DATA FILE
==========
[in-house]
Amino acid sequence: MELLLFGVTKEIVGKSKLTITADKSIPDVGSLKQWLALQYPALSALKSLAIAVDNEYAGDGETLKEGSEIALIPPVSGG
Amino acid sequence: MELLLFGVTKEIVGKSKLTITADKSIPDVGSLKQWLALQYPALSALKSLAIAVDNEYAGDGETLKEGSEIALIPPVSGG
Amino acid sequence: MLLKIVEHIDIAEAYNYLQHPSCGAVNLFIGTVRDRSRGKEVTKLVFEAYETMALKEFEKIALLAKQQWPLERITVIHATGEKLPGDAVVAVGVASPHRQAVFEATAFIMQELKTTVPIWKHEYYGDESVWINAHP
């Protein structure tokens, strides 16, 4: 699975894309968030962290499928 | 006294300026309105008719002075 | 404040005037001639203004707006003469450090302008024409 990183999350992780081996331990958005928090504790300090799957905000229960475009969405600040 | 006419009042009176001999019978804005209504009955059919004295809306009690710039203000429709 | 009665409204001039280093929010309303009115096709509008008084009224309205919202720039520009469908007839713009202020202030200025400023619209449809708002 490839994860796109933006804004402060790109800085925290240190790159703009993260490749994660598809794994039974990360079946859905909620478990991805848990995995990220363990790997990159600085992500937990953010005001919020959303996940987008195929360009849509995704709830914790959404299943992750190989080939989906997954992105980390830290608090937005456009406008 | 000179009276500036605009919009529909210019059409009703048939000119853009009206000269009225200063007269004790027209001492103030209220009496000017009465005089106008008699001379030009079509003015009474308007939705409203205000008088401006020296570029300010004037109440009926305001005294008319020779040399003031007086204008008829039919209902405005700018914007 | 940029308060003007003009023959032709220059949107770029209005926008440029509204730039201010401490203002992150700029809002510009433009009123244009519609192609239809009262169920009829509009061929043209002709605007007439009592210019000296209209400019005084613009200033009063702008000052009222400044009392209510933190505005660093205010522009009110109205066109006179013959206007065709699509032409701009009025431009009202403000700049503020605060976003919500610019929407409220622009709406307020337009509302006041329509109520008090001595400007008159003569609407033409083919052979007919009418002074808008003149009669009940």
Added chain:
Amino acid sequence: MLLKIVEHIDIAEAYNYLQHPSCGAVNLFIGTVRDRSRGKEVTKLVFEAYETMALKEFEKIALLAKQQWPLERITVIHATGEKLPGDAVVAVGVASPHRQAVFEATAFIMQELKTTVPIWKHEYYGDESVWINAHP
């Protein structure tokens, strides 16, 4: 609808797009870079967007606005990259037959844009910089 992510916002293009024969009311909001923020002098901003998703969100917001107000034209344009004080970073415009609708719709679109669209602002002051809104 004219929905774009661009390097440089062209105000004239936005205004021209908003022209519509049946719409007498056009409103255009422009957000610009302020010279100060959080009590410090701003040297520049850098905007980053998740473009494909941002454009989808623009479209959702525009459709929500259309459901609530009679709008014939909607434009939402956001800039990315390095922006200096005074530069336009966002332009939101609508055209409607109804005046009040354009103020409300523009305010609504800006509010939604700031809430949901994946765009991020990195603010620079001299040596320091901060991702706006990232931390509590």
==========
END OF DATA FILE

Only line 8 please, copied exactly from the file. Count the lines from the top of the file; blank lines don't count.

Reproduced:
């Protein structure tokens, strides 16, 4: 609808797009870079967007606005990259037959844009910089 992510916002293009024969009311909001923020002098901003998703969100917001107000034209344009004080970073415009609708719709679109669209602002002051809104 004219929905774009661009390097440089062209105000004239936005205004021209908003022209519509049946719409007498056009409103255009422009957000610009302020010279100060959080009590410090701003040297520049850098905007980053998740473009494909941002454009989808623009479209959702525009459709929500259309459901609530009679709008014939909607434009939402956001800039990315390095922006200096005074530069336009966002332009939101609508055209409607109804005046009040354009103020409300523009305010609504800006509010939604700031809430949901994946765009991020990195603010620079001299040596320091901060991702706006990232931390509590």